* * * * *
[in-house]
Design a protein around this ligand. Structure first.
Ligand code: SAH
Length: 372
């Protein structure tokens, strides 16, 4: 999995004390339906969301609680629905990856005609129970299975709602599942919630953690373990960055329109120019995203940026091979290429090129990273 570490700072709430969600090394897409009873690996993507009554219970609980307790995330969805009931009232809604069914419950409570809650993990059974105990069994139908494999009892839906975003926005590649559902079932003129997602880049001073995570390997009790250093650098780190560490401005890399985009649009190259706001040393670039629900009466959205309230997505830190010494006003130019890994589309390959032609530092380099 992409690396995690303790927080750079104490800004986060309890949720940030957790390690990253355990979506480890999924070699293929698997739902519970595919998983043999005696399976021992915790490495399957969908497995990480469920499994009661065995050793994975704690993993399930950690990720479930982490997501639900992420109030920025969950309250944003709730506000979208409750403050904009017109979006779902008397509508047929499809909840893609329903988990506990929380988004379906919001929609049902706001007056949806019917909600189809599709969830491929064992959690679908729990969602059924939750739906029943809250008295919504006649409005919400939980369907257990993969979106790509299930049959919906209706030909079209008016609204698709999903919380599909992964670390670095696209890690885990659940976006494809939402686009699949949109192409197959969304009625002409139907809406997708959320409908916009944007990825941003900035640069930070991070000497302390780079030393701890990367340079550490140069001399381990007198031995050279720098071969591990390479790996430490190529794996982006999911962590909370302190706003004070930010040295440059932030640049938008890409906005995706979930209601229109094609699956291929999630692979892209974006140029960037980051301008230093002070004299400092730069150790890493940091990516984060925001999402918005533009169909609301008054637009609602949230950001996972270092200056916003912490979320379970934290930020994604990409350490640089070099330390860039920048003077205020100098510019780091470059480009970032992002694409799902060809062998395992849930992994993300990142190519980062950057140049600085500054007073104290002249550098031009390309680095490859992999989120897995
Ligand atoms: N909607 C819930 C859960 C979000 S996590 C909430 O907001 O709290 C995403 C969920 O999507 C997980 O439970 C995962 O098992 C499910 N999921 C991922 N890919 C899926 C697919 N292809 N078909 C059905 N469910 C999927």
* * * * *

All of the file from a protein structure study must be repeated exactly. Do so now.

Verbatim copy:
[in-house]
Design a protein around this ligand. Structure first.
Ligand code: SAH
Length: 372
């Protein structure tokens, strides 16, 4: 999995004390339906969301609680629905990856005609129970299975709602599942919630953690373990960055329109120019995203940026091979290429090129990273 570490700072709430969600090394897409009873690996993507009554219970609980307790995330969805009931009232809604069914419950409570809650993990059974105990069994139908494999009892839906975003926005590649559902079932003129997602880049001073995570390997009790250093650098780190560490401005890399985009649009190259706001040393670039629900009466959205309230997505830190010494006003130019890994589309390959032609530092380099 992409690396995690303790927080750079104490800004986060309890949720940030957790390690990253355990979506480890999924070699293929698997739902519970595919998983043999005696399976021992915790490495399957969908497995990480469920499994009661065995050793994975704690993993399930950690990720479930982490997501639900992420109030920025969950309250944003709730506000979208409750403050904009017109979006779902008397509508047929499809909840893609329903988990506990929380988004379906919001929609049902706001007056949806019917909600189809599709969830491929064992959690679908729990969602059924939750739906029943809250008295919504006649409005919400939980369907257990993969979106790509299930049959919906209706030909079209008016609204698709999903919380599909992964670390670095696209890690885990659940976006494809939402686009699949949109192409197959969304009625002409139907809406997708959320409908916009944007990825941003900035640069930070991070000497302390780079030393701890990367340079550490140069001399381990007198031995050279720098071969591990390479790996430490190529794996982006999911962590909370302190706003004070930010040295440059932030640049938008890409906005995706979930209601229109094609699956291929999630692979892209974006140029960037980051301008230093002070004299400092730069150790890493940091990516984060925001999402918005533009169909609301008054637009609602949230950001996972270092200056916003912490979320379970934290930020994604990409350490640089070099330390860039920048003077205020100098510019780091470059480009970032992002694409799902060809062998395992849930992994993300990142190519980062950057140049600085500054007073104290002249550098031009390309680095490859992999989120897995
Ligand atoms: N909607 C819930 C859960 C979000 S996590 C909430 O907001 O709290 C995403 C969920 O999507 C997980 O439970 C995962 O098992 C499910 N999921 C991922 N890919 C899926 C697919 N292809 N078909 C059905 N469910 C999927």